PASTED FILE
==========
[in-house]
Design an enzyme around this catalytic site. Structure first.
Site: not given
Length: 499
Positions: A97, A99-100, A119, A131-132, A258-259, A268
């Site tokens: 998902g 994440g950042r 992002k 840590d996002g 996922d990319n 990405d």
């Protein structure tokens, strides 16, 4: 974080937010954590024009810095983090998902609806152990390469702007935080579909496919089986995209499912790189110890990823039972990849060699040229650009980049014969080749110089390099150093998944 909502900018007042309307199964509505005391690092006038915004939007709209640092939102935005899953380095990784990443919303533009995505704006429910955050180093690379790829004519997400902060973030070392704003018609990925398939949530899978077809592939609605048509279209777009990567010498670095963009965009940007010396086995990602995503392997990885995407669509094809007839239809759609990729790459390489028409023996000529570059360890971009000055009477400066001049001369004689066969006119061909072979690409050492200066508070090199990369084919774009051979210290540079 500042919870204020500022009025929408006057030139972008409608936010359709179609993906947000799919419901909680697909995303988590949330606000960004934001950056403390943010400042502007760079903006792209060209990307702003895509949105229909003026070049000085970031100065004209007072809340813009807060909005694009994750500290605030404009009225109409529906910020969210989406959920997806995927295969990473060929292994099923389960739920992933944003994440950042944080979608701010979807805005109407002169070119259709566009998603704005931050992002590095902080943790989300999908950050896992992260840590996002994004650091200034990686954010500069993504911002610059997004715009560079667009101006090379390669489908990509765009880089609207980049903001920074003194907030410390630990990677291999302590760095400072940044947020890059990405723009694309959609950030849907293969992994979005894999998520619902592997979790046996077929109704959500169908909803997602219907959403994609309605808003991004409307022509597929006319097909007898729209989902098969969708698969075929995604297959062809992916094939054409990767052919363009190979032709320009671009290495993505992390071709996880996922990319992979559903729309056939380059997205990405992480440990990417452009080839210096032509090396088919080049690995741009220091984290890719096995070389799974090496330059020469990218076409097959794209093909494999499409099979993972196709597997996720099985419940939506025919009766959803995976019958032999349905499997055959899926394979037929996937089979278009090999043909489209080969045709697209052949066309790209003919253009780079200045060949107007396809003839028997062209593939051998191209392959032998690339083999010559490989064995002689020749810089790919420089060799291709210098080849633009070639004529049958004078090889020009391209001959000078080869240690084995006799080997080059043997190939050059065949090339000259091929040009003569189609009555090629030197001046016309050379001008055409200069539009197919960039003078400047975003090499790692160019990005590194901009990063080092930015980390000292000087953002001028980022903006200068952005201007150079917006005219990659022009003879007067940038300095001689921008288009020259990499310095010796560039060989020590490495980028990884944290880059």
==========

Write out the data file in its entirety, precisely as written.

[in-house]
Design an enzyme around this catalytic site. Structure first.
Site: not given
Length: 499
Positions: A97, A99-100, A119, A131-132, A258-259, A268
């Site tokens: 998902g 994440g950042r 992002k 840590d996002g 996922d990319n 990405d």
């Protein structure tokens, strides 16, 4: 974080937010954590024009810095983090998902609806152990390469702007935080579909496919089986995209499912790189110890990823039972990849060699040229650009980049014969080749110089390099150093998944 909502900018007042309307199964509505005391690092006038915004939007709209640092939102935005899953380095990784990443919303533009995505704006429910955050180093690379790829004519997400902060973030070392704003018609990925398939949530899978077809592939609605048509279209777009990567010498670095963009965009940007010396086995990602995503392997990885995407669509094809007839239809759609990729790459390489028409023996000529570059360890971009000055009477400066001049001369004689066969006119061909072979690409050492200066508070090199990369084919774009051979210290540079 500042919870204020500022009025929408006057030139972008409608936010359709179609993906947000799919419901909680697909995303988590949330606000960004934001950056403390943010400042502007760079903006792209060209990307702003895509949105229909003026070049000085970031100065004209007072809340813009807060909005694009994750500290605030404009009225109409529906910020969210989406959920997806995927295969990473060929292994099923389960739920992933944003994440950042944080979608701010979807805005109407002169070119259709566009998603704005931050992002590095902080943790989300999908950050896992992260840590996002994004650091200034990686954010500069993504911002610059997004715009560079667009101006090379390669489908990509765009880089609207980049903001920074003194907030410390630990990677291999302590760095400072940044947020890059990405723009694309959609950030849907293969992994979005894999998520619902592997979790046996077929109704959500169908909803997602219907959403994609309605808003991004409307022509597929006319097909007898729209989902098969969708698969075929995604297959062809992916094939054409990767052919363009190979032709320009671009290495993505992390071709996880996922990319992979559903729309056939380059997205990405992480440990990417452009080839210096032509090396088919080049690995741009220091984290890719096995070389799974090496330059020469990218076409097959794209093909494999499409099979993972196709597997996720099985419940939506025919009766959803995976019958032999349905499997055959899926394979037929996937089979278009090999043909489209080969045709697209052949066309790209003919253009780079200045060949107007396809003839028997062209593939051998191209392959032998690339083999010559490989064995002689020749810089790919420089060799291709210098080849633009070639004529049958004078090889020009391209001959000078080869240690084995006799080997080059043997190939050059065949090339000259091929040009003569189609009555090629030197001046016309050379001008055409200069539009197919960039003078400047975003090499790692160019990005590194901009990063080092930015980390000292000087953002001028980022903006200068952005201007150079917006005219990659022009003879007067940038300095001689921008288009020259990499310095010796560039060989020590490495980028990884944290880059």